Running Raspberry Pi OS on a RPI Zero without SD card

January 2nd, 2021

I’ve blogged before about how to boot a Raspberry Pi Zero over USB without an SD card, just powering it with an USB cable in the middle USB connector, and connecting at the same time.

This Christmas I tried it with a new Buster version and a trusty old Raspberry Pi Zero and following the tutorial it’s still running fine with the latest Raspberry Pi OS 2020-12-02-raspios-buster-armhf-lite.img.

Time for some improvements. Updating and upgrading was always possible, but not always successful: you could easily run into disk-space problems.

Default images are shipped/downloaded as small as possible and the default action of booting a Pi with a new image is resizing the root partition to claim all available space on the SD card.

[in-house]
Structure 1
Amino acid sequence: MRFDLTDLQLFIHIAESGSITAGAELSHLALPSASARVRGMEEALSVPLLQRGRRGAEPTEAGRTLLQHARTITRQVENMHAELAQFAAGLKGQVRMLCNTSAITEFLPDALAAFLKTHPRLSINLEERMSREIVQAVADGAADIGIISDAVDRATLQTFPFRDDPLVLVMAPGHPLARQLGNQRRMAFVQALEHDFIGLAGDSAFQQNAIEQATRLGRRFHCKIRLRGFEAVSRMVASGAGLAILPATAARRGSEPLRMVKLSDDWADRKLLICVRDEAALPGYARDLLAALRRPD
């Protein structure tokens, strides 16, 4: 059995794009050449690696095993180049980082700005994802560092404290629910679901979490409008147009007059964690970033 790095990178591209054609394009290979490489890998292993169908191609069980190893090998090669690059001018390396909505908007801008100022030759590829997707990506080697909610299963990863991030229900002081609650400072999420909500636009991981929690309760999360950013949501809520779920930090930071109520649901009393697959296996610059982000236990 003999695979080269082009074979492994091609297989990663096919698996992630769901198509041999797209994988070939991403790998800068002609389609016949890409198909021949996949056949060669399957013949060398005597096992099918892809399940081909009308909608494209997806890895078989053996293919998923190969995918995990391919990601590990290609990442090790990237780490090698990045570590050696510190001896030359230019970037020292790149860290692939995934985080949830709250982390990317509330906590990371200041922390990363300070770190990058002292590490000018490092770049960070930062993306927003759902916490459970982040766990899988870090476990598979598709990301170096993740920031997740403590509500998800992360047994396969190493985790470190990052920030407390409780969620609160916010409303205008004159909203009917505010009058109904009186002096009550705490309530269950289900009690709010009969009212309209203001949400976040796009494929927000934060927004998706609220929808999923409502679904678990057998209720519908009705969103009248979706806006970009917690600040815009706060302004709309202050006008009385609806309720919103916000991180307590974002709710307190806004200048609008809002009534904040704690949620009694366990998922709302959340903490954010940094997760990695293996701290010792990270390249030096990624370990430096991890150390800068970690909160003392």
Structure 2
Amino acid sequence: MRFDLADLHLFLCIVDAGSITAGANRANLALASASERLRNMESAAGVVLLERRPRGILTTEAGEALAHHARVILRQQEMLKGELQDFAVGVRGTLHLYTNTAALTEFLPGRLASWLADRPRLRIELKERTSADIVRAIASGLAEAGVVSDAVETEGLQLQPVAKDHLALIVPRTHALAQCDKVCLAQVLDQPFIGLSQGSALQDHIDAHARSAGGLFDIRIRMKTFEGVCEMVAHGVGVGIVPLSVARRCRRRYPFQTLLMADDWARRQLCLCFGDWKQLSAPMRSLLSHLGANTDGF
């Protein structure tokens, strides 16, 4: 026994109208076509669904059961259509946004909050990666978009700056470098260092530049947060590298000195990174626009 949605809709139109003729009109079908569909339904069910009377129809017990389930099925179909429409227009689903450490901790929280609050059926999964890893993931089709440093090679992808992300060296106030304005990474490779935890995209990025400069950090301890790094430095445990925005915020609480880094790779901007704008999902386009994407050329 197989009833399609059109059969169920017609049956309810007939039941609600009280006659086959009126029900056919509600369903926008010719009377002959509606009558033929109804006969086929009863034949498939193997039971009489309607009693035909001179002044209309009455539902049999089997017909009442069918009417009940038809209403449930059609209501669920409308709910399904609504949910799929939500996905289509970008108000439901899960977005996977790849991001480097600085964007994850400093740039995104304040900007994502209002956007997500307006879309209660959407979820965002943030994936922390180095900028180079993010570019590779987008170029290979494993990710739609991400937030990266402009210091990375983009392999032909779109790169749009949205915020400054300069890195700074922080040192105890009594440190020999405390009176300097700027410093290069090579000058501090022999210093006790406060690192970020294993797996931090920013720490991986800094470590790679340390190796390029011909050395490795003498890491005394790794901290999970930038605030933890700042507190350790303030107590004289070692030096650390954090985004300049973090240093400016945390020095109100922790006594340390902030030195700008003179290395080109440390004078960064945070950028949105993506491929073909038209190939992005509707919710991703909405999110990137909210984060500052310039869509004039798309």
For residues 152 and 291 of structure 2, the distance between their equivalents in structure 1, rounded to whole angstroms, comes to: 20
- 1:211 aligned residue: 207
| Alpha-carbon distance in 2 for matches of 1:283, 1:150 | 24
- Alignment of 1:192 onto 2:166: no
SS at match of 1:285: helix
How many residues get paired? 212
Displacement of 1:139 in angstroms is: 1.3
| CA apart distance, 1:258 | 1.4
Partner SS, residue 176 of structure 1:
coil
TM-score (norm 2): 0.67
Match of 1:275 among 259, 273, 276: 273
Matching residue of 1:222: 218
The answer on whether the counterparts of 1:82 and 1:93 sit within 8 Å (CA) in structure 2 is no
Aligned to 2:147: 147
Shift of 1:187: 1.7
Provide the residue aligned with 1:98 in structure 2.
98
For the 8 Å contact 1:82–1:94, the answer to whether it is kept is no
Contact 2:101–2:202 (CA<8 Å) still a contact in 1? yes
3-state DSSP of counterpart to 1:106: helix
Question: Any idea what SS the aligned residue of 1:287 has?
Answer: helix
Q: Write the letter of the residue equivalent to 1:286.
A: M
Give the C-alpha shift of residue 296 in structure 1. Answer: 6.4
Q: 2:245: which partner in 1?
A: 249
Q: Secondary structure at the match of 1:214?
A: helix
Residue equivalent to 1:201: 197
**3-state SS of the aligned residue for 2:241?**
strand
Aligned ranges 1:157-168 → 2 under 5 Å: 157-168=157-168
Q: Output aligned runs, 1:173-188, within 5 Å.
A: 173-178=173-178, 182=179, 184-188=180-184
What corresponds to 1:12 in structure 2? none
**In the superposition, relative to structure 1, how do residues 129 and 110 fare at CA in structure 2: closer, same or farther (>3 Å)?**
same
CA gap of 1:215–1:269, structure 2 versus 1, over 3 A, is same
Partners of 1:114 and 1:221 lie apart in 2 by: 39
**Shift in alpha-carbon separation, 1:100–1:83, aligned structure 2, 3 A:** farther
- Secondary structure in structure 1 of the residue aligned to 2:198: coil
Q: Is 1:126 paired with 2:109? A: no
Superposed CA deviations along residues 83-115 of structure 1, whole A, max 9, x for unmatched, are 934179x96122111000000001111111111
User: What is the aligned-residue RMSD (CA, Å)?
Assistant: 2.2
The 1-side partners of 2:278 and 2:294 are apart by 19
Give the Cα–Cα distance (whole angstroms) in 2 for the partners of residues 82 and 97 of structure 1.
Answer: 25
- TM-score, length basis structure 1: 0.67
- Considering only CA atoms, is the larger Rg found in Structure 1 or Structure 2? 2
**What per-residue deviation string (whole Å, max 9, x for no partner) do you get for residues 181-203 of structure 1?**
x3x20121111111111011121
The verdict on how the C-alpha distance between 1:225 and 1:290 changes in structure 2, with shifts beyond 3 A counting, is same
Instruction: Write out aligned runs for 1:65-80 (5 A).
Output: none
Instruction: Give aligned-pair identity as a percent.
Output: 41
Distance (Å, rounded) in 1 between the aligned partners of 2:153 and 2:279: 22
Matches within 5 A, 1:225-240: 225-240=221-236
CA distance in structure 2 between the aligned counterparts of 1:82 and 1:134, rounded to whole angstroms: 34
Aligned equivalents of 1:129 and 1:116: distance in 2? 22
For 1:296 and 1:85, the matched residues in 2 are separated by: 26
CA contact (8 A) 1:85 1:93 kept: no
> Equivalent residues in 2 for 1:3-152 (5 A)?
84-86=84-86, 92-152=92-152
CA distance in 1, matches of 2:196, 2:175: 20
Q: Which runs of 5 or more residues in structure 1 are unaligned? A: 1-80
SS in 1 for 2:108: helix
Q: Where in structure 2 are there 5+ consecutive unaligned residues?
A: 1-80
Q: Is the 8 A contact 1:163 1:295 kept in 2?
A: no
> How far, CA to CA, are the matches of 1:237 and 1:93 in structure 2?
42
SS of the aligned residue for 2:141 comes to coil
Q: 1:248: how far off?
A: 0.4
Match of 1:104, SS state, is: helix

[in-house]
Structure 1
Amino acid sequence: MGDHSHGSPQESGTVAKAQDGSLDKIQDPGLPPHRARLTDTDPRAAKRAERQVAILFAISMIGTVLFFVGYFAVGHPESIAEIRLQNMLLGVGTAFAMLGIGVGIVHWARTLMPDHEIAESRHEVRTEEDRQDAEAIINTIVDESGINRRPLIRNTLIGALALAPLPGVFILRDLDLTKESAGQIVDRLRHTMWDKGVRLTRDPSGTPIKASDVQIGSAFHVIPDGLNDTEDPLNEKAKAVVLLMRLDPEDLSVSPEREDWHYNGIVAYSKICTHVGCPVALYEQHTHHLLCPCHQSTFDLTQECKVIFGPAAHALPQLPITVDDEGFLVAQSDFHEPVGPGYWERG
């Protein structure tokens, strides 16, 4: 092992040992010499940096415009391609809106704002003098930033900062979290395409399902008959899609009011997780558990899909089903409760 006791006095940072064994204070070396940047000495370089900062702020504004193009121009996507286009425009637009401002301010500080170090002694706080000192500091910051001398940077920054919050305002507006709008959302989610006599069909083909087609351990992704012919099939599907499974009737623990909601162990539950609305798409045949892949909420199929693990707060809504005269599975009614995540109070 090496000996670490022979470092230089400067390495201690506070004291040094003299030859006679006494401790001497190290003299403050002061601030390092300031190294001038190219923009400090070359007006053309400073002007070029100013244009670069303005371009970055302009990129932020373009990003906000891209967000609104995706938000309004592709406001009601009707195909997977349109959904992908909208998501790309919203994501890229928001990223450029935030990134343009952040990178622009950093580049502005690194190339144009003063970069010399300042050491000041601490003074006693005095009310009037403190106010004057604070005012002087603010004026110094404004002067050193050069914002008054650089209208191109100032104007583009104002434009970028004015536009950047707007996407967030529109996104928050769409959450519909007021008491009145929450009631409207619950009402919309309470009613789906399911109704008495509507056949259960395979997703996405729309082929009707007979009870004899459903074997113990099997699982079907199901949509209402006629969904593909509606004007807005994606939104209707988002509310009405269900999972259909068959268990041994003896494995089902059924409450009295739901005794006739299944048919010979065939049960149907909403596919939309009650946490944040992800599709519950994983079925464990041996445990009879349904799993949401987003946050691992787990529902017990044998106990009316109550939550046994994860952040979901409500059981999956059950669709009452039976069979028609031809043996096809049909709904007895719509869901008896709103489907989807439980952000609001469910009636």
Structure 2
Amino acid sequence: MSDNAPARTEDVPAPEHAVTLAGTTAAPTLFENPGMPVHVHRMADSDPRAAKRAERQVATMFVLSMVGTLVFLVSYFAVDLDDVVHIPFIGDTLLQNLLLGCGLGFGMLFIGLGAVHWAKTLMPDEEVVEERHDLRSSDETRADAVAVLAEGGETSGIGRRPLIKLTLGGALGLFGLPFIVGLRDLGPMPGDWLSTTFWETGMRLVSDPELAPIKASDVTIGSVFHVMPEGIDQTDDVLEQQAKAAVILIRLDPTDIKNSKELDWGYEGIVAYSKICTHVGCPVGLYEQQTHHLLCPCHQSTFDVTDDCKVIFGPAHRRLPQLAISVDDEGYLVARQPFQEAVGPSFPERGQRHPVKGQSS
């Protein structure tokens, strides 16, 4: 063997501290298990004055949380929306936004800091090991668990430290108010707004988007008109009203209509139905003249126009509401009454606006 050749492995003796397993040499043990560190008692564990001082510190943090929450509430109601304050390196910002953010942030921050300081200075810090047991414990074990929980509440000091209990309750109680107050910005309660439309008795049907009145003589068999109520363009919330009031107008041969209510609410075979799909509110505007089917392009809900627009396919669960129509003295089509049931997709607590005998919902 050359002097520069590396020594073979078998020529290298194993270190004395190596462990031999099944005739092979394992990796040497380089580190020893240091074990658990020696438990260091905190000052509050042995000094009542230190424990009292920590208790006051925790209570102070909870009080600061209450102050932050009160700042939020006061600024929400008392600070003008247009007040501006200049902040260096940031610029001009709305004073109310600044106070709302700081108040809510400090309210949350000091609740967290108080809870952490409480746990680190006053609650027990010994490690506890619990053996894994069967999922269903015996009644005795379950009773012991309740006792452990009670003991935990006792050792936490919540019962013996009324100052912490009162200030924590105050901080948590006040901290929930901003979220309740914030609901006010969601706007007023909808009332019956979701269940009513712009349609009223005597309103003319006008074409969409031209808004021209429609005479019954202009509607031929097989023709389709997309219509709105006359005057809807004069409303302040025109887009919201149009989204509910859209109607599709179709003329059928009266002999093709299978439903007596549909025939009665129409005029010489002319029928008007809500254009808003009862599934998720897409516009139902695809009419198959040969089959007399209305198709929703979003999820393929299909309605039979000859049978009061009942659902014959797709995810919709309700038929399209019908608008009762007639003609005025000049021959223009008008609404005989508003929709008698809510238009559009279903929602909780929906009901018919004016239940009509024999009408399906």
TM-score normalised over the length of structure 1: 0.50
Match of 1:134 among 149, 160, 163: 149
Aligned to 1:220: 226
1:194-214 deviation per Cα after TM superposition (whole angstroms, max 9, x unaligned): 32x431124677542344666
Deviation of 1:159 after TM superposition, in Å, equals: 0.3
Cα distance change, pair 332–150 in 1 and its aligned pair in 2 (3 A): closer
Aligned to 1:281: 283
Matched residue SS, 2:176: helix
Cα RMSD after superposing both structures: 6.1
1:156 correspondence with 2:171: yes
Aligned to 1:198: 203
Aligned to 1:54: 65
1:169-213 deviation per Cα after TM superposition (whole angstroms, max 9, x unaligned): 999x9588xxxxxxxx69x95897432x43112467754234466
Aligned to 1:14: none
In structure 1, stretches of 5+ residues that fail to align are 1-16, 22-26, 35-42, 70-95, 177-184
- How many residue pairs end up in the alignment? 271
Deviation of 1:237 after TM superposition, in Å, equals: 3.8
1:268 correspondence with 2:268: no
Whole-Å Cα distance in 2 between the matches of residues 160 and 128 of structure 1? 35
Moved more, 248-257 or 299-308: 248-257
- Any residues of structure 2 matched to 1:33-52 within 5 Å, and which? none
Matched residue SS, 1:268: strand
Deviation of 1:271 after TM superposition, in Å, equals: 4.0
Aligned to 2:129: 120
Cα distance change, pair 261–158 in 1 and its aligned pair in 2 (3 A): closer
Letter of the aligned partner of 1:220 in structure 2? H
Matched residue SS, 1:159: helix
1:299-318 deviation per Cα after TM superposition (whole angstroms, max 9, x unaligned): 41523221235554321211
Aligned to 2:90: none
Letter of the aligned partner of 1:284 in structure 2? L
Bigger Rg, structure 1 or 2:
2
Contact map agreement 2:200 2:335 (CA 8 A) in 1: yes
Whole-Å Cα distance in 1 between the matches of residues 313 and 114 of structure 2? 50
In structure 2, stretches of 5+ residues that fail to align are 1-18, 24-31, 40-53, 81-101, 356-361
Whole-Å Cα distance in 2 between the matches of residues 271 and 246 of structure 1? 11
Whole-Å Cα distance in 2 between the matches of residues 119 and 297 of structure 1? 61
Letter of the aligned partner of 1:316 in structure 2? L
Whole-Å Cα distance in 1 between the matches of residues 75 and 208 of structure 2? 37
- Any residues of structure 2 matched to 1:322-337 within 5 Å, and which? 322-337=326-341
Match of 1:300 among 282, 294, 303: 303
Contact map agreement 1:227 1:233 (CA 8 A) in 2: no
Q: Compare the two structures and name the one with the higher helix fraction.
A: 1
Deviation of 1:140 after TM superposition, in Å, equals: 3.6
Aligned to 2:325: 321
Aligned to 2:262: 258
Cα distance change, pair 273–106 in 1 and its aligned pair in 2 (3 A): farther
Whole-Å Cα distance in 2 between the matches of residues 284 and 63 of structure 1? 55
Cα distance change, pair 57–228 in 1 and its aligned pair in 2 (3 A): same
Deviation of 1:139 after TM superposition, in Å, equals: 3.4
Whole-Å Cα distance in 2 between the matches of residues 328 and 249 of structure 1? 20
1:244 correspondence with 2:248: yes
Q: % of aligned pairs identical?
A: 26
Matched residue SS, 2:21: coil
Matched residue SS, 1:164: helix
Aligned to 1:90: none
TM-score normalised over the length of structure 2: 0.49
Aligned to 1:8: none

We’re mounting over NFS and of course the resizing did not happen in our case. Luckily, otherwise your guest OS would end up with no space and the Pi would have a partition size of 1GB (or so).

But for upgrades we need more space than the default.

How to increase the image size of an mounted image over NFS?

The image I have downloaded is ``, and we have to follow 4 simple steps.

Step 1: unpack it:

unzip 2020-12-02-raspios-buster-armhf-lite.img

Step 2: resize raw image:

Then use qemu-img (QEMU disk image utility) to resize the raw image.

sudo qemu-img resize 2020-12-02-raspios-buster-armhf-lite.img 3G

Here we resize it to 3G, that must be enough to install some extra programs, and download and install updates.

Step 3: set it up as loop device:

sudo losetup -P /dev/loop101 2020-12-02-raspios-buster-armhf-lite.img

These day I set it up as loop101 instead of loop0 as I did in the blogpost of 2018 to avoid conflicting loop devices. Snaps are also installed as loop devices.

Step 4: resize root partition

start gparted with the loop device to resize the root partition.

sudo gparted /dev/loop101

Normally gparted never shows loop devices, but it does when you explicitly start with a loop device.

Then simply push the slider to resize the image, and apply the changes and you’ve gained 900MB of disk-space.

More than enough to do updates and upgrades for years to come.


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